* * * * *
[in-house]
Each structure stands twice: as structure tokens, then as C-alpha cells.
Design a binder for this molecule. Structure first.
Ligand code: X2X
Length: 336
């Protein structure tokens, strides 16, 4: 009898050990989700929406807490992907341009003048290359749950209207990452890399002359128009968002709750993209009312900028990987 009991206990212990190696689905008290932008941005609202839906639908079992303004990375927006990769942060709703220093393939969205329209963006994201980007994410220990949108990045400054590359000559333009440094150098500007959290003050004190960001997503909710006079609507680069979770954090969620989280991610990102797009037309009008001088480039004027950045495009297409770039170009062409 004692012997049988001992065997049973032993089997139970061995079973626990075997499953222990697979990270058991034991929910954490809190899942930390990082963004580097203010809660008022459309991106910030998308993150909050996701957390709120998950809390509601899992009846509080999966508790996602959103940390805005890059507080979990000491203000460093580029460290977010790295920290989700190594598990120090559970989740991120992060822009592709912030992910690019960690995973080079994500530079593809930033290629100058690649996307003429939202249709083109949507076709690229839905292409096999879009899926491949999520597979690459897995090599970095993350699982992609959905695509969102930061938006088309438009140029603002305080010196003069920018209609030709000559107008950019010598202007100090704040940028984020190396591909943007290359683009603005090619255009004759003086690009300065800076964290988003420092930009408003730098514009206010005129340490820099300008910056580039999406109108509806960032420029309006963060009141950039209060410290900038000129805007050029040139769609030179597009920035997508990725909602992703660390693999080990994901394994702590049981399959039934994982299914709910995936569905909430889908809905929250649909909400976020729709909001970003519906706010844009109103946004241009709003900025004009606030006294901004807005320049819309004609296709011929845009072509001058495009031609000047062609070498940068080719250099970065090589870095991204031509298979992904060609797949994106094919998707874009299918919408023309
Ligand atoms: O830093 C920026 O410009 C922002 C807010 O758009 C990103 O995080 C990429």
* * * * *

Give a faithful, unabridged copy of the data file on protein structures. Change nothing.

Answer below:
[in-house]
Each structure stands twice: as structure tokens, then as C-alpha cells.
Design a binder for this molecule. Structure first.
Ligand code: X2X
Length: 336
């Protein structure tokens, strides 16, 4: 009898050990989700929406807490992907341009003048290359749950209207990452890399002359128009968002709750993209009312900028990987 009991206990212990190696689905008290932008941005609202839906639908079992303004990375927006990769942060709703220093393939969205329209963006994201980007994410220990949108990045400054590359000559333009440094150098500007959290003050004190960001997503909710006079609507680069979770954090969620989280991610990102797009037309009008001088480039004027950045495009297409770039170009062409 004692012997049988001992065997049973032993089997139970061995079973626990075997499953222990697979990270058991034991929910954490809190899942930390990082963004580097203010809660008022459309991106910030998308993150909050996701957390709120998950809390509601899992009846509080999966508790996602959103940390805005890059507080979990000491203000460093580029460290977010790295920290989700190594598990120090559970989740991120992060822009592709912030992910690019960690995973080079994500530079593809930033290629100058690649996307003429939202249709083109949507076709690229839905292409096999879009899926491949999520597979690459897995090599970095993350699982992609959905695509969102930061938006088309438009140029603002305080010196003069920018209609030709000559107008950019010598202007100090704040940028984020190396591909943007290359683009603005090619255009004759003086690009300065800076964290988003420092930009408003730098514009206010005129340490820099300008910056580039999406109108509806960032420029309006963060009141950039209060410290900038000129805007050029040139769609030179597009920035997508990725909602992703660390693999080990994901394994702590049981399959039934994982299914709910995936569905909430889908809905929250649909909400976020729709909001970003519906706010844009109103946004241009709003900025004009606030006294901004807005320049819309004609296709011929845009072509001058495009031609000047062609070498940068080719250099970065090589870095991204031509298979992904060609797949994106094919998707874009299918919408023309
Ligand atoms: O830093 C920026 O410009 C922002 C807010 O758009 C990103 O995080 C990429």